To others, however, relics contain supernatural remnants of the grace and blessing that filled the believer’s life on Earth. Touching or owning the possession, or caressing it during prayer and worship, is done with the hope that whatever spiritual forces the item contains will be transferred to the one soliciting blessing from the object. Protestants believe that using relics in this way is tantamount to idolatry as the Bible defines it (cf. 1 Cor. 10:14; 1 John 5:21).
How do Protestants interpet the term “saints” in the Bible?
Protestants believe that when the Bible uses the terms “saints” it’s referring to all believers, not just those that the Catholic church has canonized as being especially worthy of veneration. They point out that when the Bible uses the term “saints” it’s almost always describing believers still living on the Earth. For example,
- Romans 1:7, “To all those in Rome who are loved by God and called to be saints: Grace to you and peace from God our Father and the Lord Jesus Christ.”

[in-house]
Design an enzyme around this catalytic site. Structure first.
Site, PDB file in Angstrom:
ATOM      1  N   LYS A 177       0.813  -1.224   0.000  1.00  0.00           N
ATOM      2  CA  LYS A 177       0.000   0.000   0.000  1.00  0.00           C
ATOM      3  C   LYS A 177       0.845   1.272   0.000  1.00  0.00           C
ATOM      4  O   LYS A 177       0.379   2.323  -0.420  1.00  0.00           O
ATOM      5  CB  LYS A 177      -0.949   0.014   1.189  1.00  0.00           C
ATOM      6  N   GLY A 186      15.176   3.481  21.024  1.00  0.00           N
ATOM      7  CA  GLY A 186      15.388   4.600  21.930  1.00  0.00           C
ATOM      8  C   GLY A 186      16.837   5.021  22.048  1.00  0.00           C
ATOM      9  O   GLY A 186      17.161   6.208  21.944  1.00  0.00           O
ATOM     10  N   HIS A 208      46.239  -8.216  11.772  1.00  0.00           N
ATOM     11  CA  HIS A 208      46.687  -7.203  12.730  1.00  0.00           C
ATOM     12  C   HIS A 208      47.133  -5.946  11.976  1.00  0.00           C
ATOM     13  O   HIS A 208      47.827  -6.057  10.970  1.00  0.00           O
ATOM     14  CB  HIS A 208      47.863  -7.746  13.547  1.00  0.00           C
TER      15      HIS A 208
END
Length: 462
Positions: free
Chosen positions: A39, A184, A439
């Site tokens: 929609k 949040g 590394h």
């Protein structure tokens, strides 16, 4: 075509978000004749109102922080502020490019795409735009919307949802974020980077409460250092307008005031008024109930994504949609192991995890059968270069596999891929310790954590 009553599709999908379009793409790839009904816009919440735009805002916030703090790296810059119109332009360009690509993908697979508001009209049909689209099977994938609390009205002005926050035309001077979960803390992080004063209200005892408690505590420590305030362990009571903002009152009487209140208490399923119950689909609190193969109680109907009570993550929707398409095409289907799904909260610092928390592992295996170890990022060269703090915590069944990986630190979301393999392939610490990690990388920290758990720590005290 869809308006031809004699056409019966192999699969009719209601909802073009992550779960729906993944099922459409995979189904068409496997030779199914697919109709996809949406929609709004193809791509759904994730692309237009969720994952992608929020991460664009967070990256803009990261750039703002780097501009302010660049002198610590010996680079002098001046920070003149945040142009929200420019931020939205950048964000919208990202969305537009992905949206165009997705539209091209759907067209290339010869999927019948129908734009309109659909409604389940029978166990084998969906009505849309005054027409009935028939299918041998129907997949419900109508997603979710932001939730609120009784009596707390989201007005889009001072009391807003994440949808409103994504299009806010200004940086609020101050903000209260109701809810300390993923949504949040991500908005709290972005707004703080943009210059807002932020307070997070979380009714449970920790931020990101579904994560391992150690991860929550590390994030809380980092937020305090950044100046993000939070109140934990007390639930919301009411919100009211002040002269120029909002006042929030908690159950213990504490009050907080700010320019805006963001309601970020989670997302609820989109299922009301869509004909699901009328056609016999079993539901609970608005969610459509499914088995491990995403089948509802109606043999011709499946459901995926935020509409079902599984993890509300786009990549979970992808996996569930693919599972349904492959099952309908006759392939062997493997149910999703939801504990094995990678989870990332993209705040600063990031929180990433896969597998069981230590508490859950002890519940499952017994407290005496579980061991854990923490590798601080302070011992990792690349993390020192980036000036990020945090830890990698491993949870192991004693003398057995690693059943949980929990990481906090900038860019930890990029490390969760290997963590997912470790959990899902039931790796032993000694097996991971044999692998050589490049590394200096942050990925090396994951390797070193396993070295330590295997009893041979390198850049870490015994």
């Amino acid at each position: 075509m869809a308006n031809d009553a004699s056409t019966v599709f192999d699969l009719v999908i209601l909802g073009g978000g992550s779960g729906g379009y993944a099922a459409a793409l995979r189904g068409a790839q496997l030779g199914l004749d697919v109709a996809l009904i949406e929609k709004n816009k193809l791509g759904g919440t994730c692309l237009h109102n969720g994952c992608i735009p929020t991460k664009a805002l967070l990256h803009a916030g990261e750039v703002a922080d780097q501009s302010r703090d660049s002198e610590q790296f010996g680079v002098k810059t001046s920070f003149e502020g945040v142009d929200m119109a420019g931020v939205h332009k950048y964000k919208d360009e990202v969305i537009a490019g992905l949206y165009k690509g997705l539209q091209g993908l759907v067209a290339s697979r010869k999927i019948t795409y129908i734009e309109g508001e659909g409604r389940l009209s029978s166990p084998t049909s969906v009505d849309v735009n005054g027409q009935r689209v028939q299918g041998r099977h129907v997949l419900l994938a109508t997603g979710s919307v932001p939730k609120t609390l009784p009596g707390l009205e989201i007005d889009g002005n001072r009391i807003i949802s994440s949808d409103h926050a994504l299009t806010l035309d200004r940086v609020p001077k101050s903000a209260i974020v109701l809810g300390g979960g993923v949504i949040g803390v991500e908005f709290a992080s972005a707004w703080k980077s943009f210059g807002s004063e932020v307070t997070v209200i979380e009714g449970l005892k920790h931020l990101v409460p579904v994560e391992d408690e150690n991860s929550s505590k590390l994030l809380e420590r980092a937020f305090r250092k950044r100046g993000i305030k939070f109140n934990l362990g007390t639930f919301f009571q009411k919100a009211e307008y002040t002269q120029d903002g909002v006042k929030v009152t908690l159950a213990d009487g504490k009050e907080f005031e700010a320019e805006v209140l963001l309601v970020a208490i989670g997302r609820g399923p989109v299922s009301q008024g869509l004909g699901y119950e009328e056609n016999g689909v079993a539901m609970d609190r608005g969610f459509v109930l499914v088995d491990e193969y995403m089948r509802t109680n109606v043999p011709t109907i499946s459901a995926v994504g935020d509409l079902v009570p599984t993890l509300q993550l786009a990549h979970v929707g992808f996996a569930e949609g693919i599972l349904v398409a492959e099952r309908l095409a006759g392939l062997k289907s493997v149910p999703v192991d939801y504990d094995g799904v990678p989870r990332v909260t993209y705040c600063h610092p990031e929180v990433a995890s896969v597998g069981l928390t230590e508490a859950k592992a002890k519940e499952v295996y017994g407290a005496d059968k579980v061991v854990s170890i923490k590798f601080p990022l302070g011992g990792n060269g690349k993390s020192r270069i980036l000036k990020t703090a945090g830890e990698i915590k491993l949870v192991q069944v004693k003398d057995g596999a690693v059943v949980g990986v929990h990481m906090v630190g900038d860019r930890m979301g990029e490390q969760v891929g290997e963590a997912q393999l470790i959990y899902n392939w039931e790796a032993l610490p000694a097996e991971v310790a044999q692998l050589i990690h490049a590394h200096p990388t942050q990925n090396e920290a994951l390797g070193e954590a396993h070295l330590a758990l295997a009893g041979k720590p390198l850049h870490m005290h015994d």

- Psalm 30:4, “Sing praises to the Lord, O you his saints, and give thanks to his holy name.”
- 1 Corinthians 1:2, “To the church of God that is in Corinth, to those sanctified in Christ Jesus, called to be saints together with all those who in every place call upon the name of our Lord Jesus Christ, both their Lord and ours.”
- Ephesians 1:1, “Paul, an apostle of Christ Jesus by the will of God, To the saints who are in Ephesus, and are faithful in Christ Jesus.”
- Ephesians 4:12, “To equip the saints for the work of ministry, for building up the body of Christ.”